Indie Game: the movie could be the perfect of Narrow Casting paid for and made by people who were interested and love the subject matter. Off the top of my head I can’t think of another film which is so target at one group of society.
The film concentrates on three main indie games and follows one of them through the final seven months of production and its launch. The games they follow are a already proven hit at the time of filming ‘Braid’, ‘Super Meat Boy’ the plucky new comer and ‘Fez’ the emperors new clothes of indie games. Each game gives you a unique angle on the developers and the intelligence and determination required to get a game released.
Super Meat Boy
I have been playing computer games since the C64 in the 80’s and believe that the story telling and design in modern game design is highly underrated by most of the press and public. Modern games and especially indie games are much more like interactive art than the blockbusting ‘Call of Duty’s’ of this world.
Although I earlier said this was a perfect example of narrow casting the beauty of this film it is about people and you don’t need to be interested in computer games to enjoy it documentary.
Indie Game: The Movie Trailer
7 out of 10
Francis Ford Coppola.
All 5 of the above names will be instantly recognisable to any self-respecting cinephile. Even if you don’t like their work, each name commands respect, and it’s undeniable that their influence will exert itself on the world of film for decades to come. So, with this in mind, surely the chance to find out each director’s favourite films would be good? Well, it turns out that you’re in luck. The excellent ‘The Playlist‘ blog at Indiewire has reproduced each director’s top ten favourite films from the pages of Sight & Sound, and it certainly makes fascinating reading. We here at RBT are big fans of the directors in question, and would advise you to read the full Playlist article, to find out their choices. To do so, click here.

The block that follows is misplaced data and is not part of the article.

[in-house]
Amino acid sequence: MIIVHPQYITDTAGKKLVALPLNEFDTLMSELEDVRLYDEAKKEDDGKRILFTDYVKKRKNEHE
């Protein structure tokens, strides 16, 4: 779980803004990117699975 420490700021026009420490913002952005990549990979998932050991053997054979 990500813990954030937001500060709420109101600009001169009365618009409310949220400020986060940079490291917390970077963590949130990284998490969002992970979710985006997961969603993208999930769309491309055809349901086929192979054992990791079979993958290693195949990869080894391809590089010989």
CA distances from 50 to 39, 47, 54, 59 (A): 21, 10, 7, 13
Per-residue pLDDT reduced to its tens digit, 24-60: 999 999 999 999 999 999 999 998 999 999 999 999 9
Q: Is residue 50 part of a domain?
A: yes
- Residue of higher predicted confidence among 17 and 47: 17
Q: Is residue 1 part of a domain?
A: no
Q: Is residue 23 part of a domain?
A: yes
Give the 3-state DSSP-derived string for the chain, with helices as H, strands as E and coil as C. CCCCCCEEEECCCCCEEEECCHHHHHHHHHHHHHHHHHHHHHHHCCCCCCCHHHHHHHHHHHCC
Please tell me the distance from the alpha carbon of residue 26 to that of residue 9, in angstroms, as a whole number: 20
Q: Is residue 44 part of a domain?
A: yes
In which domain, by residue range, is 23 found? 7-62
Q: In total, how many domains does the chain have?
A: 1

A veritable cornucopia of truly classic films are on display – as are a few lesser-known gems – and it certainly serves as a great insight into the inner workings of each director’s mind. Anyone looking to broaden their filmic horizons could do a lot worse than getting to know the films on these lists.
Now, if only it were simply the case that watching these films would imbue us all with their powers of creating art, why, we’d all be millionaires! I don’t know about you, but my Amazon shopping basket has just had a few new additions, and hopefully next year, we’ll all be vying for the best Oscar win. May the best person win!
As always, leave any opinionated and/or diplomatic comments below.